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Smorg123

Sharing data between classes

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After searching the net for too long, I am hoping someone here can help me. If I have an (class) object that has data that needs to be loaded with it (eg. textures, model data), how can I reuse it without wasting time/resources reloading it. eg. if I had 5 cars that all looked the same, how could I do this with OO techniques and use the same data thanks for any help.

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Use pointers

Mycars *cars;
cars = new Mycars;
....
Mycars *anotherptr = cars;

result two pointers that point to the same class address so memory is not wasted

or just create pointer to your data

Mycars cars;
.......
Mycars *cars_ptr = & cars;


[edited by - GoofProg on August 18, 2002 4:51:27 AM]

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Not sure if this is what you had in mind, but here goes:


    
class MyContainer
{
public:
void* CarInfo;
};

class MyClass
{
private:
MyContainer* c;

public:
void BindContainer(MyContainer * pCont)
{
c = pCont;
}

void* Get()
{
return c->CarInfo;
}

};

void* func(void * pData)
{
MyClass* mc = new MyClass();
MyContainer* cont = new MyContainer();

mc->BindContainer(MyContainer);

cont->CarInfo = pData;

//now returns pData

return mc->Get();
}


Hope this helps,
Crispy

edit: a silly mistake...


[edited by - crispy on August 18, 2002 5:00:15 AM]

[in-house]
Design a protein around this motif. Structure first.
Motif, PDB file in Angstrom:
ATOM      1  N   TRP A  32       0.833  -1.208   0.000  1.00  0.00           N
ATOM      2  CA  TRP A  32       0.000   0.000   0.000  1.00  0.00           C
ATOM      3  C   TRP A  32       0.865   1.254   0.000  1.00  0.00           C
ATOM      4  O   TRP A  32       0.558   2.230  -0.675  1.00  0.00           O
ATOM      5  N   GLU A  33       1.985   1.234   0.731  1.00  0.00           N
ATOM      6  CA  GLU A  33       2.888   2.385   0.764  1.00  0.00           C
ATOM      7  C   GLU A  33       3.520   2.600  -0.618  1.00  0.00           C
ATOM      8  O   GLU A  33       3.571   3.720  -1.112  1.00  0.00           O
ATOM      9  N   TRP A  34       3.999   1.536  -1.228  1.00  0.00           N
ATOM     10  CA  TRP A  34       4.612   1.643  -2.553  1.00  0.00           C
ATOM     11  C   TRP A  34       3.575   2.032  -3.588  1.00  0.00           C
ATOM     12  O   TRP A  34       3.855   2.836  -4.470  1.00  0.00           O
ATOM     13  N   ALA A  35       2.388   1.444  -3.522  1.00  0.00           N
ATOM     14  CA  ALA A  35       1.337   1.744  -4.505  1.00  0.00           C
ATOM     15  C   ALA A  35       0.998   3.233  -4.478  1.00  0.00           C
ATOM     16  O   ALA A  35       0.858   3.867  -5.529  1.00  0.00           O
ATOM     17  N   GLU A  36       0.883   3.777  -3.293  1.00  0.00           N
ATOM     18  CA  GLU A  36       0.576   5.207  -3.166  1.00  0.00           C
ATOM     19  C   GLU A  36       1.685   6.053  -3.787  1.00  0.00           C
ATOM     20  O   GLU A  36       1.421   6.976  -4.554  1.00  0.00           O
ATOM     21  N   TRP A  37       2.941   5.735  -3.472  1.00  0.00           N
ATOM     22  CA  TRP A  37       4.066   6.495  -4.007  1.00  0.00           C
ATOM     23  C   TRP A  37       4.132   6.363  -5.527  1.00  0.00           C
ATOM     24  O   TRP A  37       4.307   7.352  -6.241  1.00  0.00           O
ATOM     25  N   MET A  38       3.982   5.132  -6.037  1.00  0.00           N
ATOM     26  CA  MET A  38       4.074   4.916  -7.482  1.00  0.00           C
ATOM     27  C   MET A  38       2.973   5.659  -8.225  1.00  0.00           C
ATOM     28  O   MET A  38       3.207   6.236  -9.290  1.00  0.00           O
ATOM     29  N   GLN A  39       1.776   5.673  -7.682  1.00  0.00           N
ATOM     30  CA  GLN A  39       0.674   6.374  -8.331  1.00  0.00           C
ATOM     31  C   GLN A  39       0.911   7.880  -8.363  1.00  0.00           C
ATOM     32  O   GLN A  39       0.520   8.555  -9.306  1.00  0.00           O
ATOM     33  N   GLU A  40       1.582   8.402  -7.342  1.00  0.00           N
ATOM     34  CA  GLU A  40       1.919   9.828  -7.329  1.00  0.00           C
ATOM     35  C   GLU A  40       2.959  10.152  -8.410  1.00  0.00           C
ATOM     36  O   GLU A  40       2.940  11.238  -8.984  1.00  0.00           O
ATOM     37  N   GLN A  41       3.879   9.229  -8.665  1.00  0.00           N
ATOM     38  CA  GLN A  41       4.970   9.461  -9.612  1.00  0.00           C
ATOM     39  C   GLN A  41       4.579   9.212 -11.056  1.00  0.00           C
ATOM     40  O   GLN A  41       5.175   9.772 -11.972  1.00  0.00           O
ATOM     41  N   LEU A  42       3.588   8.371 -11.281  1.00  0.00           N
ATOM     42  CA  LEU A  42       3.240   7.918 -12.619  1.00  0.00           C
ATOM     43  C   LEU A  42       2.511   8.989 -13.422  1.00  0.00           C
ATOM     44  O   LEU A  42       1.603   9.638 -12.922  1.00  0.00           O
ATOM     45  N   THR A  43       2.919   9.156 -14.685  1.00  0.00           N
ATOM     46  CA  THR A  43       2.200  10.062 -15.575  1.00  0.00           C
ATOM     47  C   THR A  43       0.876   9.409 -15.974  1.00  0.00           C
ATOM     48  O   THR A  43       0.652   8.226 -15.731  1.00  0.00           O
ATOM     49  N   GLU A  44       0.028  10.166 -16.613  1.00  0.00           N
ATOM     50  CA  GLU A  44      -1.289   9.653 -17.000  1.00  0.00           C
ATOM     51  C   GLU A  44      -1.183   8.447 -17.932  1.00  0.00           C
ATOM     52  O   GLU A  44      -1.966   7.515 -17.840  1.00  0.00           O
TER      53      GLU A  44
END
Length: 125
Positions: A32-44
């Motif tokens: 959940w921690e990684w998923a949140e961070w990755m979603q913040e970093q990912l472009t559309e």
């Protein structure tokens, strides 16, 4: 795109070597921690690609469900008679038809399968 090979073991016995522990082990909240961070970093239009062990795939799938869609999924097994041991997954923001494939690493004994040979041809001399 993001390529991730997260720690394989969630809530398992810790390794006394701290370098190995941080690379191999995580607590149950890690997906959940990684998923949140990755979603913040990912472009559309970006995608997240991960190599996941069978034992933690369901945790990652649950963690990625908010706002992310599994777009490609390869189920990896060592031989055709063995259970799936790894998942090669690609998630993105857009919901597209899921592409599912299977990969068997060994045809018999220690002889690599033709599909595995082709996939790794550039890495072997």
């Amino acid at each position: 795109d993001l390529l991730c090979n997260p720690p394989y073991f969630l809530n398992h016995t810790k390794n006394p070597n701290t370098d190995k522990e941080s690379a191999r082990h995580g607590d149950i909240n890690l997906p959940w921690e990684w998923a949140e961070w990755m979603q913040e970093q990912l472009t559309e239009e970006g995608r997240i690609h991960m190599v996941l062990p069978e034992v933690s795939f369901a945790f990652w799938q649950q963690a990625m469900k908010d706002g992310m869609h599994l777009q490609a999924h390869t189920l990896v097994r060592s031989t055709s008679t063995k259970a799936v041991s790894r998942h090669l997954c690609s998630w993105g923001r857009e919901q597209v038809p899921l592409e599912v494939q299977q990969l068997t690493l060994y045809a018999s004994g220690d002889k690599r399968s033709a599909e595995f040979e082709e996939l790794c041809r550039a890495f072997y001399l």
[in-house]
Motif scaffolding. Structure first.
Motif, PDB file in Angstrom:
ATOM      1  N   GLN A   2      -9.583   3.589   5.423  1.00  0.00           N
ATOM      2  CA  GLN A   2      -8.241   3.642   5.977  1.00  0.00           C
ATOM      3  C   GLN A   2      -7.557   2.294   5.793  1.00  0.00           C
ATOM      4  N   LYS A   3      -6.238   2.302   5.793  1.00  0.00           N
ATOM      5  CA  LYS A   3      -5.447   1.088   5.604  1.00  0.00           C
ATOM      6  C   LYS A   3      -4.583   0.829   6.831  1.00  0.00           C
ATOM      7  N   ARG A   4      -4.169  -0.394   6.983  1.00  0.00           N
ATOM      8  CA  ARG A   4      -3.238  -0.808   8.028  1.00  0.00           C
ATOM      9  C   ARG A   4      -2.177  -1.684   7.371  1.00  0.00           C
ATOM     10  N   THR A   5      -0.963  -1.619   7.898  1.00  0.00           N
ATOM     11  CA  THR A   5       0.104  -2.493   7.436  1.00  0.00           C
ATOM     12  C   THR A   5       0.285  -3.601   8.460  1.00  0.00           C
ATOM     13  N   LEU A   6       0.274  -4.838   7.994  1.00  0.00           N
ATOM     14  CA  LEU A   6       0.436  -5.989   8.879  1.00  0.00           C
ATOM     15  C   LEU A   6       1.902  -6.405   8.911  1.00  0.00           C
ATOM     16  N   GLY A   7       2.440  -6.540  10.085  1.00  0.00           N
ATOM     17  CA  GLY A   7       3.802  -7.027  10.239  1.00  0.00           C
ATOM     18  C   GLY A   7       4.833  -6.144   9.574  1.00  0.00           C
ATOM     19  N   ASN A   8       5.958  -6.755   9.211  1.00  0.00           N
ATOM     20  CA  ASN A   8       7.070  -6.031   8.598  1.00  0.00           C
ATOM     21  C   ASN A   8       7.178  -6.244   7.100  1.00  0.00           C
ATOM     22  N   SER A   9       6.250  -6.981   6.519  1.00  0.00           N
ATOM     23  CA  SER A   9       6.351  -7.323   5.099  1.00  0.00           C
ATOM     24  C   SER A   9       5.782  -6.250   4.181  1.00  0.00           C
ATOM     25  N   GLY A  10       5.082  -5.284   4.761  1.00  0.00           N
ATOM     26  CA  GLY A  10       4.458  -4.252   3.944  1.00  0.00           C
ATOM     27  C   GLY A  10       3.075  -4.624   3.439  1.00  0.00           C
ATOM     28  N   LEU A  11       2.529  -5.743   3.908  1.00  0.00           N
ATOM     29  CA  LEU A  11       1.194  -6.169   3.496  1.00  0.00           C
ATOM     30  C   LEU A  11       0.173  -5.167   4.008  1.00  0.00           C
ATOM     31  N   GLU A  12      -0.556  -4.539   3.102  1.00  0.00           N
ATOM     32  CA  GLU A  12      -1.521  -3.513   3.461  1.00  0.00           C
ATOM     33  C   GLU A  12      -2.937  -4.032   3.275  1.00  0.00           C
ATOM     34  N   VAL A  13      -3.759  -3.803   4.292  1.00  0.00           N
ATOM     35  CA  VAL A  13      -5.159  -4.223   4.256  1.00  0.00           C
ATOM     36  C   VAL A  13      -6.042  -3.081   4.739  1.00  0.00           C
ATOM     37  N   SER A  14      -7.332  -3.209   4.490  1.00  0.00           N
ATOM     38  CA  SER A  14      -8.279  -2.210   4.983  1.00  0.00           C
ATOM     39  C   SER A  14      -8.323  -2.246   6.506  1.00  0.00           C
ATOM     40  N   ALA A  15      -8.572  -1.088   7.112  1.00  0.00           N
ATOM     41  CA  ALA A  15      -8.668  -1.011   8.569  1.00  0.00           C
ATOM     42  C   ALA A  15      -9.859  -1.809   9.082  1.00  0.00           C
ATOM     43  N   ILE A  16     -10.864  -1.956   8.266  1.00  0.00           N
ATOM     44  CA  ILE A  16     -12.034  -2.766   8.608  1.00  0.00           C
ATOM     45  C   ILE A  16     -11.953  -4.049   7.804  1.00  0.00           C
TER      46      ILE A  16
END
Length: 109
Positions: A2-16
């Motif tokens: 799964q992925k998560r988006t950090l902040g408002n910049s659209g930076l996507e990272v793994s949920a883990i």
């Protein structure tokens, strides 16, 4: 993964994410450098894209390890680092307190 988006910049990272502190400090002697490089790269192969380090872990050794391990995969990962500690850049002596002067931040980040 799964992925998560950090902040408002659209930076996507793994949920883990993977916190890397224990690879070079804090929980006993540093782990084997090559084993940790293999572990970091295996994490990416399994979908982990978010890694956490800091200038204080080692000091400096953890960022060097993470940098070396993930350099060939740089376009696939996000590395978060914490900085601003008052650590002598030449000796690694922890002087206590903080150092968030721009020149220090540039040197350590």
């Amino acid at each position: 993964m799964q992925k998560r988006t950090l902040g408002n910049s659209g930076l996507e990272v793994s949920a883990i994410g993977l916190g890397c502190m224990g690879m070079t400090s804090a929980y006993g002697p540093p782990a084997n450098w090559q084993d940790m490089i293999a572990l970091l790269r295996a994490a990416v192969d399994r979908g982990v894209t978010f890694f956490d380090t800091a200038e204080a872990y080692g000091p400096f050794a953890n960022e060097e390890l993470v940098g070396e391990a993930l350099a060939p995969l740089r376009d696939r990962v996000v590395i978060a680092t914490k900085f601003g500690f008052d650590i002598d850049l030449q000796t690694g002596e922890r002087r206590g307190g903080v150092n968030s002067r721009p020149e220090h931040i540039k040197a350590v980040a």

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Okay that looks pretty good.

To make an example of something like grand theft auto. All the cars (textures, width''s, height''s, etc) could be loaded into containers, then another instance of a class could be created each time a new car came along, that had variables of things that would change (eg, speed, direction) and it just binded the container information.

I hope I''m thinking along the right track.

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May I suggest taking a look at Smart Pointers, from the boost library? Otherwise, you''ll have to be very careful about memory management.

Cédric

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Or - just make your resource manager class a singleton - ie CTextureManager.

Your new class asks it to /make sure/ the resources it needs are loaded.

CTextureManager then checks its own lists/array (whatever) for the resource, if it isn''t present, it loads it. Each outcome returns a pointer to the resource.

In OpenGL - this approach is a godsend, because you can ask CTextureManager to reload all texture resources whenever a resolution change occurs, and all of your models will still be able to access their textures as if nothing happened. (Guess the same applies to DX?)

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